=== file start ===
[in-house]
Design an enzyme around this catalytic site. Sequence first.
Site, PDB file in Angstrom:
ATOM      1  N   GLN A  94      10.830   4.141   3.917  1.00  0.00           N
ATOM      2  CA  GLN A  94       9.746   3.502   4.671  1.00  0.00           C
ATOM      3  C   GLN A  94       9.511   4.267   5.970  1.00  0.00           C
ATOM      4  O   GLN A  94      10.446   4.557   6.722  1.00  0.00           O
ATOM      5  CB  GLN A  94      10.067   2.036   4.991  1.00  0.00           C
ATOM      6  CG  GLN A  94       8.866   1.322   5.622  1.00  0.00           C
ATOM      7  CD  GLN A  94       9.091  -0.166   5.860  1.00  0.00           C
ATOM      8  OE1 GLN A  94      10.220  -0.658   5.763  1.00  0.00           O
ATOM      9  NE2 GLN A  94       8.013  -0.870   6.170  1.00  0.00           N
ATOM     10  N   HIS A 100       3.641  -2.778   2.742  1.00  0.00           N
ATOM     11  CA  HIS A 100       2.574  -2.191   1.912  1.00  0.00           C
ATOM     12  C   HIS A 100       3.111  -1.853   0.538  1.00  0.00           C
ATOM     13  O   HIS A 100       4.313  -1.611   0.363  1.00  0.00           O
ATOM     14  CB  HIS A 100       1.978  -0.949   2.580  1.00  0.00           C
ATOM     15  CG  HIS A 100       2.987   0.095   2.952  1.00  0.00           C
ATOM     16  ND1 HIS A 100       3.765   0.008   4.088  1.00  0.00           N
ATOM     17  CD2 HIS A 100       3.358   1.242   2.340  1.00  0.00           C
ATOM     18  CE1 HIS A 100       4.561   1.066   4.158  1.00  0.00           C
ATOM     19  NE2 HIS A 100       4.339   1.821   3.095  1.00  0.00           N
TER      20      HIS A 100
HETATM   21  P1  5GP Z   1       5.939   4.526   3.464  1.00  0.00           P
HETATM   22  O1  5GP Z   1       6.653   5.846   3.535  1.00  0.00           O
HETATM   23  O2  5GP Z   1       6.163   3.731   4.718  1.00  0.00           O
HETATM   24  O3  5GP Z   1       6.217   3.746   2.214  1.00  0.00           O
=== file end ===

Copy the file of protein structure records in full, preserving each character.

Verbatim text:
[in-house]
Design an enzyme around this catalytic site. Sequence first.
Site, PDB file in Angstrom:
ATOM      1  N   GLN A  94      10.830   4.141   3.917  1.00  0.00           N
ATOM      2  CA  GLN A  94       9.746   3.502   4.671  1.00  0.00           C
ATOM      3  C   GLN A  94       9.511   4.267   5.970  1.00  0.00           C
ATOM      4  O   GLN A  94      10.446   4.557   6.722  1.00  0.00           O
ATOM      5  CB  GLN A  94      10.067   2.036   4.991  1.00  0.00           C
ATOM      6  CG  GLN A  94       8.866   1.322   5.622  1.00  0.00           C
ATOM      7  CD  GLN A  94       9.091  -0.166   5.860  1.00  0.00           C
ATOM      8  OE1 GLN A  94      10.220  -0.658   5.763  1.00  0.00           O
ATOM      9  NE2 GLN A  94       8.013  -0.870   6.170  1.00  0.00           N
ATOM     10  N   HIS A 100       3.641  -2.778   2.742  1.00  0.00           N
ATOM     11  CA  HIS A 100       2.574  -2.191   1.912  1.00  0.00           C
ATOM     12  C   HIS A 100       3.111  -1.853   0.538  1.00  0.00           C
ATOM     13  O   HIS A 100       4.313  -1.611   0.363  1.00  0.00           O
ATOM     14  CB  HIS A 100       1.978  -0.949   2.580  1.00  0.00           C
ATOM     15  CG  HIS A 100       2.987   0.095   2.952  1.00  0.00           C
ATOM     16  ND1 HIS A 100       3.765   0.008   4.088  1.00  0.00           N
ATOM     17  CD2 HIS A 100       3.358   1.242   2.340  1.00  0.00           C
ATOM     18  CE1 HIS A 100       4.561   1.066   4.158  1.00  0.00           C
ATOM     19  NE2 HIS A 100       4.339   1.821   3.095  1.00  0.00           N
TER      20      HIS A 100
HETATM   21  P1  5GP Z   1       5.939   4.526   3.464  1.00  0.00           P
HETATM   22  O1  5GP Z   1       6.653   5.846   3.535  1.00  0.00           O
HETATM   23  O2  5GP Z   1       6.163   3.731   4.718  1.00  0.00           O
HETATM   24  O3  5GP Z   1       6.217   3.746   2.214  1.00  0.00           O